Time to call your closest friends for a meal – Restaurant Week is back in Charlottesville

Restaurants are boasting discounted tasting menus at either $29 or $39 from Jan. 24 to Feb. 1

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From local favorites to expensive eateries, various restaurants will be offering discounted meals, making this the time to try out that slightly overpriced place that you’ve been saving up for. Winston Tang | Cavalier Daily

This week, people all across Charlottesville can expect to create lots of new memories thanks to Restaurant Week. From local favorites to expensive eateries, various restaurants will be offering discounted meals, making this the time to try out that slightly overpriced place that you’ve been saving up for. 

Restaurant Week is a bi-annual event, occurring once in January and once in July, and this winter, it is being held from Jan. 24 to Feb. 1. 

Approximately 40 restaurants across the city are offering discounted prix fixe menus, meaning people can pick one appetizer, one entree and one dessert from a reduced list of menu options for a total of either $29 or $39. It is important to note that drinks, tax and tip are not included in these prices.

To make the best of these offerings, most restaurants recommend that you make a reservation as far in advance as you can. While you can still attempt to walk in at most spots if you’re up to taking the last-minute risk, some spots — like Oakhurst Inn — definitively require a reservation.

This January, Restaurant Week will be supporting the Blue Ridge Area Food Bank, meaning $1 from each meal will be donated to its fund, which in turn supports several regional hunger-fighting charities.

Where you should go this Restaurant Week

A full list of all 40 restaurants participating in this deal can be found on the C-ville Restaurant Week homepage. By clicking on the logo of each restaurant, you can find the discounted prix-fixe menus that each spot is offering.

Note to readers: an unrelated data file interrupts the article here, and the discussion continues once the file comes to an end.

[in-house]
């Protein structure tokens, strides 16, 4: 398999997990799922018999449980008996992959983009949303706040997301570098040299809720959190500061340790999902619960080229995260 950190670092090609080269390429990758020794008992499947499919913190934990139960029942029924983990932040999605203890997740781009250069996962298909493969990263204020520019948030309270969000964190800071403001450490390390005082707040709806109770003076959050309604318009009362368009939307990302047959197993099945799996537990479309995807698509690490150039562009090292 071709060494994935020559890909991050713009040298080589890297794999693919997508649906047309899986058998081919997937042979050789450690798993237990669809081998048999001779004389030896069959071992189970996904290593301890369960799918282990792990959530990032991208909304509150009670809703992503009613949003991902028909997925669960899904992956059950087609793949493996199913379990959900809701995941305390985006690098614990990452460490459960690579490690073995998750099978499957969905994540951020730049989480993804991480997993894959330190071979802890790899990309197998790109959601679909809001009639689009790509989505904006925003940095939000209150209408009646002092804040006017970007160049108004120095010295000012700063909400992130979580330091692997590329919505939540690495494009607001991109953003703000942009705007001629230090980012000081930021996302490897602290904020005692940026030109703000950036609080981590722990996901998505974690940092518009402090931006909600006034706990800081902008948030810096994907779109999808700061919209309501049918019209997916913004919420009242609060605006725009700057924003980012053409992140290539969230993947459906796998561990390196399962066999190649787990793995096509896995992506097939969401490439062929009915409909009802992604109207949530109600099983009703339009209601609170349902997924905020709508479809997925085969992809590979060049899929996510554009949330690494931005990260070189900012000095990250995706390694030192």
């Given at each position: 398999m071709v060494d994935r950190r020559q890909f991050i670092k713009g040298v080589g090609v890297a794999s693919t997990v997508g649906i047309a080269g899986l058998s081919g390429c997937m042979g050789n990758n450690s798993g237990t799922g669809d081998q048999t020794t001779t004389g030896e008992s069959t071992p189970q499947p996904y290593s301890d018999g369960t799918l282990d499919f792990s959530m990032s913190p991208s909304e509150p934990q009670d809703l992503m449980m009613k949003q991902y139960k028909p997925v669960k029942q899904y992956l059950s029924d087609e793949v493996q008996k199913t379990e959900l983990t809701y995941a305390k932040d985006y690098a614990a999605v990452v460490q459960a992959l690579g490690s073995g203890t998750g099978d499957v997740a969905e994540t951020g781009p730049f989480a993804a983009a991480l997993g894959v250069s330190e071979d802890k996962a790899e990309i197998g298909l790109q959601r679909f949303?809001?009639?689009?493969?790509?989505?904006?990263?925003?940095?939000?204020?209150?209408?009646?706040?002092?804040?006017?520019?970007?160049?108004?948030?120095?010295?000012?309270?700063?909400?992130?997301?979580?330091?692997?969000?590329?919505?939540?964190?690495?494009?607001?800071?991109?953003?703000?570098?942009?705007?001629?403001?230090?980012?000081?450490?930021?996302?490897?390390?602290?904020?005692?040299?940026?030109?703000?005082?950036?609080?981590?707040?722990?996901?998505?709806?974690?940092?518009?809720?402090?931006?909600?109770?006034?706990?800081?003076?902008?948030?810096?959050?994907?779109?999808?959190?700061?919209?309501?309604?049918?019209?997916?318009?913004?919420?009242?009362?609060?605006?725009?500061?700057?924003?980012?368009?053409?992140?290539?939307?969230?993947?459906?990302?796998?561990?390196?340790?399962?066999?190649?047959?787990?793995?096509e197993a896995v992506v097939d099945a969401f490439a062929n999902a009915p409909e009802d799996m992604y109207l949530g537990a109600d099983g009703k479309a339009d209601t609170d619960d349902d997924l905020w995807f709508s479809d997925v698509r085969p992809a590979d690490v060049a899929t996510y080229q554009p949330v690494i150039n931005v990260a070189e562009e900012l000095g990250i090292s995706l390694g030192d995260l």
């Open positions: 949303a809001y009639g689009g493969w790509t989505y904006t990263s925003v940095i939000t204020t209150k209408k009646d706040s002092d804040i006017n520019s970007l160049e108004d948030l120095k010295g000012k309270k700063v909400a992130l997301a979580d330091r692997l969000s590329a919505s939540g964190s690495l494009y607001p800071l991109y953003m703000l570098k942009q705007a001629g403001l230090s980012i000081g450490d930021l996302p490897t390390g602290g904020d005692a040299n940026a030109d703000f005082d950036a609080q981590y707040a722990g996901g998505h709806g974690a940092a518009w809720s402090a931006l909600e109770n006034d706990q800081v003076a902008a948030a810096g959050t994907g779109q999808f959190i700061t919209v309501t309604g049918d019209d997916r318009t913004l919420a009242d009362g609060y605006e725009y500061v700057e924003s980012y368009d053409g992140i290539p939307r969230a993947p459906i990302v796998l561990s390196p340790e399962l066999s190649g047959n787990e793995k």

However, to make life easier, I have done some intensive investigative work. Hence, a compiled list of eateries of interest — places a college wallet can’t normally afford without external assistance and thus stand out as really good deals this Restaurant Week — can be found below.

1. C&O Restaurant, a Charlottesville staple that has been around for 30 years, has a $39 prix fixe menu for Restaurant Week that is too good to pass up. A quick scroll through the C&O daily menu reveals that most of its three course meals would cost you about $60, something that just doesn’t work for a college wallet, so take advantage while you can and experience its high level American cuisine for what is essentially 30 percent off.

Personally, I’ll be ordering the French onion soup, duck confit and the toffee pudding, but C&O has gone above and beyond this year by adding 16 options to its Restaurant Week menu, meaning you have the pick of the upscale crop. Speaking of upscale, their wine list was ranked as Charlottesville’s best in 2019. It also offers an incredible fine-dining experience –– it’s the kind of place that you feel comfortable getting dressed up for and could be great for impressing your parents or taking out someone special.

Located near the Downtown Mall, C&O is open seven days a week from 5 p.m. to 2 a.m. If you want to get seated — especially with this event going on  — reservations are a must. With the wide range of options available on the tasting menu, this is absolutely one of the best deals running this Restaurant Week.

2. Fleurie is known for its French cuisine –– in fact, it was named Charlottesville’s Best French Restaurant in 2019. Sharing its world-renowned pastry chef with Petit Pois –– another option this Restaurant Week –– Fleurie also boasts a wine list that was ranked in the top 100 across America last year. The $39 menu — which covers 13 choices ranging from fish soups to salads, surf and turf to ratatouille and creme brulee to poached pear tart — hits that sweet note of rare, accessible French cuisine.